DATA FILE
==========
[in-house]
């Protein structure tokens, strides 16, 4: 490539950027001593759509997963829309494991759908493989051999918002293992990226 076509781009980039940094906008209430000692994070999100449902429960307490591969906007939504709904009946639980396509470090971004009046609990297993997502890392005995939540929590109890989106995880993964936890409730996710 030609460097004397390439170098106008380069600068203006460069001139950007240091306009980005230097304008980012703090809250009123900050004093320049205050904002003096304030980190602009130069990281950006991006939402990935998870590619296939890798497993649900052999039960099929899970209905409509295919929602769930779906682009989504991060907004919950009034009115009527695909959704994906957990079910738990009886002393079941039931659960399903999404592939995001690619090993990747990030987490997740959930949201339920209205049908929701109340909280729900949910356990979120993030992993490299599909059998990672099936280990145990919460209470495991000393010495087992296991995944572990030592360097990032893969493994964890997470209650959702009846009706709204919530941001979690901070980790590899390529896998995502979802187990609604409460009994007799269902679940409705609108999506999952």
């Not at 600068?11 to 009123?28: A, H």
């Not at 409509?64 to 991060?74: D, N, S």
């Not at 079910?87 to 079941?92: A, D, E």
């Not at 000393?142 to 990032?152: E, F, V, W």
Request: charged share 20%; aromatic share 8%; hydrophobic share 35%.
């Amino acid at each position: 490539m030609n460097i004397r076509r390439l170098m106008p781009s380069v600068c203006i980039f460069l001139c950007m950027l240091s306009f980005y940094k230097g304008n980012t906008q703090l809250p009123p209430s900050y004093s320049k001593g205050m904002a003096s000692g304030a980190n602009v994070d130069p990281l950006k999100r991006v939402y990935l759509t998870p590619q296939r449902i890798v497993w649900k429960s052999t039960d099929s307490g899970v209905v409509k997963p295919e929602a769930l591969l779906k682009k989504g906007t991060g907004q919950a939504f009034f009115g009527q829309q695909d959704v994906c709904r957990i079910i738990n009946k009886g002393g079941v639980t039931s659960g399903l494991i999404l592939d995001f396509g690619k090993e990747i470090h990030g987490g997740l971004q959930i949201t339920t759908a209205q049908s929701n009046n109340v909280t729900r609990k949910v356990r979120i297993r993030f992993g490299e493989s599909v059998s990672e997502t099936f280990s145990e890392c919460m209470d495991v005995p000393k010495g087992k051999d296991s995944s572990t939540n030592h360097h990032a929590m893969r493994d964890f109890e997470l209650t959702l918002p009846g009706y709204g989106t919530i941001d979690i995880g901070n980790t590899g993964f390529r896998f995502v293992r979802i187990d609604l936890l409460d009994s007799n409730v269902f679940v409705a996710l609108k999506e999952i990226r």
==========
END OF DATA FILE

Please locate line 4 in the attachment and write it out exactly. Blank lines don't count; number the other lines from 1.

């Not at 409509?64 to 991060?74: D, N, S």